Tune in, and share: I’m posting the e-mails I send to the Google Doodle team on my blog, This Nurse Wonders, and I’ll re-hash here, on the Facebook page, Why Nurses Need A Google Doodle, and via @12HourRN.

Nurses are amazing, multi-faceted clinicians, inventors, policy makers, artists, problem-solvers and care-givers. Long before Google became a verb, “nurse” entered the language of the globe and changed it forever. We’re still here to tell our tales; perhaps Google will give us a boost.

Nurse Radio in Liberia

 

 

Earlier this week, PBS’s News Hour featured a story about Aaron Debah, a nurse in Liberia who is the only mental health worker for a half million people in Liberia–a country that was engaged in civil war  for 14 years. The story notes that 40% of the population suffers from PTSD, and this includes the child soldiers who were forced into killing and maiming and now suffer the psychological consequences. Debah uses the airwaves to encourage people to talk about their emotional struggles, hoping that their stories and conversations will encourage others to realize that they are not alone.

Two points from the video are striking. First, Sean Mayberry of StrongMinds notes that 90% of the developing world has no access to mental health services. And the need isn’t just in war-torn countries. This week on Frontline, a stunning report on TB in Swaziland showed the emotional devastation that TB has inflicted on whole families. It’s not just the TB, including those who suffer daily with multi-drug-resistant (MDR) TB. It’s the often-toxic medications that must be taken precisely or the person can develop XDR, an even more resistant and deadly form of TB. The story included examples of people with MDR and XDR who are suffering from severe depression that has sometimes led to suicide because of the miserableness and hopelessness of their lives. The need for mental health care is great.

Second, the Carter Center is working to expand Swaziland’s capacity for  mental health care by training nurses to develop their knowledge and skill in providing mental health care. Former First Lady Rosalyn Carter has long been an advocate for improving mental health care worldwide. This program will be an interesting one to watch. It doesn’t seem like enough but it’s a start.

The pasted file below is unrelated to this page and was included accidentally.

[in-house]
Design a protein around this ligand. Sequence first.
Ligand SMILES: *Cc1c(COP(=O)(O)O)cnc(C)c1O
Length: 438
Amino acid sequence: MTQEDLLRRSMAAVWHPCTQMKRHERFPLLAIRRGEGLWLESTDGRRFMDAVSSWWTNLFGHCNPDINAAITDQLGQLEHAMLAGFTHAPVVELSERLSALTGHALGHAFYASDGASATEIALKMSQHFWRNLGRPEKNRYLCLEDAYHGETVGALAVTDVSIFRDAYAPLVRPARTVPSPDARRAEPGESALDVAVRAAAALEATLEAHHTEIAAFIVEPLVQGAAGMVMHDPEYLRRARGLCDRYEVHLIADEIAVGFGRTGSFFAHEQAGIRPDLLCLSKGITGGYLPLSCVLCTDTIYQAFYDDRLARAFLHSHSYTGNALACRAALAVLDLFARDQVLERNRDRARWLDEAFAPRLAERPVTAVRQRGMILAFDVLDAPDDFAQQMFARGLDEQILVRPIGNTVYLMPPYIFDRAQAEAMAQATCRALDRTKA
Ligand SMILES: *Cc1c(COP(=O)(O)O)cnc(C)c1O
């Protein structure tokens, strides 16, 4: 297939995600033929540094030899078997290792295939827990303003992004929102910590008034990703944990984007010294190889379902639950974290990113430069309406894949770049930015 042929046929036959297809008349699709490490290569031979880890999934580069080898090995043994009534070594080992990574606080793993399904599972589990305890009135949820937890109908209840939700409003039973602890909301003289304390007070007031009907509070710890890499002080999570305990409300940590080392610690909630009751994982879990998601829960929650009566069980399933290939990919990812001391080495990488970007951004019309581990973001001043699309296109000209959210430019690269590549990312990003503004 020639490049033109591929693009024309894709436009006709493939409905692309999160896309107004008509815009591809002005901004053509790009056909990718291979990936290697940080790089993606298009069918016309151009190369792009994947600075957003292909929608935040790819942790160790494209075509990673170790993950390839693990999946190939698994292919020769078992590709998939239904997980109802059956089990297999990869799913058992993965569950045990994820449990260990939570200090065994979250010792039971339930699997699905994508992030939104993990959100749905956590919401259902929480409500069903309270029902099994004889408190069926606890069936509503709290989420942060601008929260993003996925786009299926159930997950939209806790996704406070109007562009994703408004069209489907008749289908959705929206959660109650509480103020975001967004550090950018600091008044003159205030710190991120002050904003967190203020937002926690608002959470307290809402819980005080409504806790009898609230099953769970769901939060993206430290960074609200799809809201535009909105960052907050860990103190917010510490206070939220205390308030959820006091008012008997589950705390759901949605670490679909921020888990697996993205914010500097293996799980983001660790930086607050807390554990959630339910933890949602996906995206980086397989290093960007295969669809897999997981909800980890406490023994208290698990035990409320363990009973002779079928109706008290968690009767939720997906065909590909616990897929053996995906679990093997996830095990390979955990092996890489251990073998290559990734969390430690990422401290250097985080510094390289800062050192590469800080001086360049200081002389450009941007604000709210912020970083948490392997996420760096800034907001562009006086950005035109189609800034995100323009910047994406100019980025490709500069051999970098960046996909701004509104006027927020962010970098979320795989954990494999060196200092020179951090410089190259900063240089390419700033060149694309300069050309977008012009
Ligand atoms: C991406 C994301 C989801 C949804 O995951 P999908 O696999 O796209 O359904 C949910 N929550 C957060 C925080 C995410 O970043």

In the U.S., we are struggling with implementing the Affordable Care Act’s requirement for mental health parity–requiring insurers to cover mental health problems to the same extent that they cover physical health problems. Certainly, the primary care workforce in the U.S. struggles to provide frontline mental health care. Mental health nurse practitioners and clinical nurse specialists can help our situation, though barriers remain to these clinicians being able to practice to the full extent of their education and training. In the face of Liberia’s situation, it’s hard to justify our own continuing restrictions on mental health workers in the U.S.  Time to get perspective.

Diana J. Mason, PhD, RN, FAAN, Rudin Professor of Nursing

 

 

Write of Spring: The Examined Life Conference

These past few years, it’s become a vernal ritual: in early April, just as the buds on the flowering pear trees are about to pop here in New York City, I get on a plane and fly to Iowa, where spring “may continue taking its time” to arrive. It seems perverse, I know. What could lure me again to the great, flat, frozen Midwest after a winter like we’ve had? The Examined Life Conference: Writing, Humanities, and the Art of Medicine, an annual gathering of health care providers and writers at the University of Iowa Carver College of Medicine—this year’s conference takes place April 10 – 12.

ExaminedLifeLogoAmong the featured presenters will be Andrew Solomon, whose most recent book, Far from the Tree: Parents, Children, and the Search for Identity, won the National Book Critics Circle award for nonfiction and many other prizes. (He’s also the author of a much-discussed New Yorker article, “The Reckoning,” based on his extensive interviews with Peter Lanza, the father of the Sandy Hook Elementary School shooter, Adam Lanza.) Also on hand will be Louise Aronson, a Harvard-educated geriatrician who holds an MFA from the Program for Writers at Warren Wilson College. She is the author of a short story collection, A History of the Present Illness.